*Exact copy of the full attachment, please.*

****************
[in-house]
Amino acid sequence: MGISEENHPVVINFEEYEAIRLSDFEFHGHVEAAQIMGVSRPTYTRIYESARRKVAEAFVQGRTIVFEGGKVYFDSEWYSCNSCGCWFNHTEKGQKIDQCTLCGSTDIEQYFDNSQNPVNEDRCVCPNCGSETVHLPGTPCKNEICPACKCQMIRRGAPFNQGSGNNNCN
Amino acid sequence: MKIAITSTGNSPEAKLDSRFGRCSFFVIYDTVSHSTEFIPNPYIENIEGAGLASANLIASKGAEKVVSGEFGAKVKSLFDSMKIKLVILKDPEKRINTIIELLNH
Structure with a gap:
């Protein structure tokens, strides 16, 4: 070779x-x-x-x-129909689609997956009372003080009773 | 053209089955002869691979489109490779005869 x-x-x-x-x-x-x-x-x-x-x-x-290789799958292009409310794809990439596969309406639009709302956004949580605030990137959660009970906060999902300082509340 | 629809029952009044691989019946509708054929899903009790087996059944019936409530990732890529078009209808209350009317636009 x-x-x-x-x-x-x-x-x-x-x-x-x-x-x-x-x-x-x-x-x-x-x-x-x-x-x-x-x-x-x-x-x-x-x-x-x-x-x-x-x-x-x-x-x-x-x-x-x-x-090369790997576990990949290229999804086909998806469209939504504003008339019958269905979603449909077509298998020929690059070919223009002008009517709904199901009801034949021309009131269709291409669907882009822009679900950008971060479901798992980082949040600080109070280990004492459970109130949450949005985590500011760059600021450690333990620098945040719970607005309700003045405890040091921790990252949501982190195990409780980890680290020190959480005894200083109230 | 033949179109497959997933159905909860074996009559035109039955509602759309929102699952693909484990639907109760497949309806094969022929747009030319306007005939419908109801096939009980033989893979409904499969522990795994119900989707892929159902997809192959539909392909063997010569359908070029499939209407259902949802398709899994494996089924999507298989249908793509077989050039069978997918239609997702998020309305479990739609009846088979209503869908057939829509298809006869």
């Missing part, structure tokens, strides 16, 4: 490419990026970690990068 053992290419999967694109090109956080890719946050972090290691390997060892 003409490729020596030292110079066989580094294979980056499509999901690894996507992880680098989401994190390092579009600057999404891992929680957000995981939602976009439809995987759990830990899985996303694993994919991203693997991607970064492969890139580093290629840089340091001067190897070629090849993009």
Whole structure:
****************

[in-house]
Amino acid sequence: MGISEENHPVVINFEEYEAIRLSDFEFHGHVEAAQIMGVSRPTYTRIYESARRKVAEAFVQGRTIVFEGGKVYFDSEWYSCNSCGCWFNHTEKGQKIDQCTLCGSTDIEQYFDNSQNPVNEDRCVCPNCGSETVHLPGTPCKNEICPACKCQMIRRGAPFNQGSGNNNCN
Amino acid sequence: MKIAITSTGNSPEAKLDSRFGRCSFFVIYDTVSHSTEFIPNPYIENIEGAGLASANLIASKGAEKVVSGEFGAKVKSLFDSMKIKLVILKDPEKRINTIIELLNH
Structure with a gap:
């Protein structure tokens, strides 16, 4: 070779x-x-x-x-129909689609997956009372003080009773 | 053209089955002869691979489109490779005869 x-x-x-x-x-x-x-x-x-x-x-x-290789799958292009409310794809990439596969309406639009709302956004949580605030990137959660009970906060999902300082509340 | 629809029952009044691989019946509708054929899903009790087996059944019936409530990732890529078009209808209350009317636009 x-x-x-x-x-x-x-x-x-x-x-x-x-x-x-x-x-x-x-x-x-x-x-x-x-x-x-x-x-x-x-x-x-x-x-x-x-x-x-x-x-x-x-x-x-x-x-x-x-x-090369790997576990990949290229999804086909998806469209939504504003008339019958269905979603449909077509298998020929690059070919223009002008009517709904199901009801034949021309009131269709291409669907882009822009679900950008971060479901798992980082949040600080109070280990004492459970109130949450949005985590500011760059600021450690333990620098945040719970607005309700003045405890040091921790990252949501982190195990409780980890680290020190959480005894200083109230 | 033949179109497959997933159905909860074996009559035109039955509602759309929102699952693909484990639907109760497949309806094969022929747009030319306007005939419908109801096939009980033989893979409904499969522990795994119900989707892929159902997809192959539909392909063997010569359908070029499939209407259902949802398709899994494996089924999507298989249908793509077989050039069978997918239609997702998020309305479990739609009846088979209503869908057939829509298809006869």
């Missing part, structure tokens, strides 16, 4: 490419990026970690990068 053992290419999967694109090109956080890719946050972090290691390997060892 003409490729020596030292110079066989580094294979980056499509999901690894996507992880680098989401994190390092579009600057999404891992929680957000995981939602976009439809995987759990830990899985996303694993994919991203693997991607970064492969890139580093290629840089340091001067190897070629090849993009």
Whole structure: